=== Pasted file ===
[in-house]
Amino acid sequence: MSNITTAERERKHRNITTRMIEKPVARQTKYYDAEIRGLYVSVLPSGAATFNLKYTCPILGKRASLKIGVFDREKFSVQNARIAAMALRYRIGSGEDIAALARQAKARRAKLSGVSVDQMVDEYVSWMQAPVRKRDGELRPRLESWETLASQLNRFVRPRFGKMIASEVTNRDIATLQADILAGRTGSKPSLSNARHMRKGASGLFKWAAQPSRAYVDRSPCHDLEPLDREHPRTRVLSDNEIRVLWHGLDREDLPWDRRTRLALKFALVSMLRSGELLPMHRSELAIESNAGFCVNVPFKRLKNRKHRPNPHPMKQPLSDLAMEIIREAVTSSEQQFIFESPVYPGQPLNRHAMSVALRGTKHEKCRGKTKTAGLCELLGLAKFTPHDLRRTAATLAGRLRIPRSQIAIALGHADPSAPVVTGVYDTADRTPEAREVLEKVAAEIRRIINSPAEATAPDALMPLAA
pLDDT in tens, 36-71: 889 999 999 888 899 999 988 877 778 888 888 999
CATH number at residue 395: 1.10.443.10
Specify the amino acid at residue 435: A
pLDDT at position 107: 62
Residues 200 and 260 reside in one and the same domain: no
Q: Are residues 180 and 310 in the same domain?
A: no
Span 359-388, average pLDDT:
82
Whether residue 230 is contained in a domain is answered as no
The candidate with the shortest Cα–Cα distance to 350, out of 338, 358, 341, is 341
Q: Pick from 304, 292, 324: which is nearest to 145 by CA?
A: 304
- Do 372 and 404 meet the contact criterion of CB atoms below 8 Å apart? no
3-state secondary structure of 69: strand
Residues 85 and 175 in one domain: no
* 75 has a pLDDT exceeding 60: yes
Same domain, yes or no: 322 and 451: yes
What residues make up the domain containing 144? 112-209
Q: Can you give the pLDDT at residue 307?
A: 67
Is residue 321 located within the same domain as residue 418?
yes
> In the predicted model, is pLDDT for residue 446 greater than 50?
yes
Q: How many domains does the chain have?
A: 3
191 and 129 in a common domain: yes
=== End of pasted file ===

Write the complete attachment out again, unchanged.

[in-house]
Amino acid sequence: MSNITTAERERKHRNITTRMIEKPVARQTKYYDAEIRGLYVSVLPSGAATFNLKYTCPILGKRASLKIGVFDREKFSVQNARIAAMALRYRIGSGEDIAALARQAKARRAKLSGVSVDQMVDEYVSWMQAPVRKRDGELRPRLESWETLASQLNRFVRPRFGKMIASEVTNRDIATLQADILAGRTGSKPSLSNARHMRKGASGLFKWAAQPSRAYVDRSPCHDLEPLDREHPRTRVLSDNEIRVLWHGLDREDLPWDRRTRLALKFALVSMLRSGELLPMHRSELAIESNAGFCVNVPFKRLKNRKHRPNPHPMKQPLSDLAMEIIREAVTSSEQQFIFESPVYPGQPLNRHAMSVALRGTKHEKCRGKTKTAGLCELLGLAKFTPHDLRRTAATLAGRLRIPRSQIAIALGHADPSAPVVTGVYDTADRTPEAREVLEKVAAEIRRIINSPAEATAPDALMPLAA
pLDDT in tens, 36-71: 889 999 999 888 899 999 988 877 778 888 888 999
CATH number at residue 395: 1.10.443.10
Specify the amino acid at residue 435: A
pLDDT at position 107: 62
Residues 200 and 260 reside in one and the same domain: no
Q: Are residues 180 and 310 in the same domain?
A: no
Span 359-388, average pLDDT:
82
Whether residue 230 is contained in a domain is answered as no
The candidate with the shortest Cα–Cα distance to 350, out of 338, 358, 341, is 341
Q: Pick from 304, 292, 324: which is nearest to 145 by CA?
A: 304
- Do 372 and 404 meet the contact criterion of CB atoms below 8 Å apart? no
3-state secondary structure of 69: strand
Residues 85 and 175 in one domain: no
* 75 has a pLDDT exceeding 60: yes
Same domain, yes or no: 322 and 451: yes
What residues make up the domain containing 144? 112-209
Q: Can you give the pLDDT at residue 307?
A: 67
Is residue 321 located within the same domain as residue 418?
yes
> In the predicted model, is pLDDT for residue 446 greater than 50?
yes
Q: How many domains does the chain have?
A: 3
191 and 129 in a common domain: yes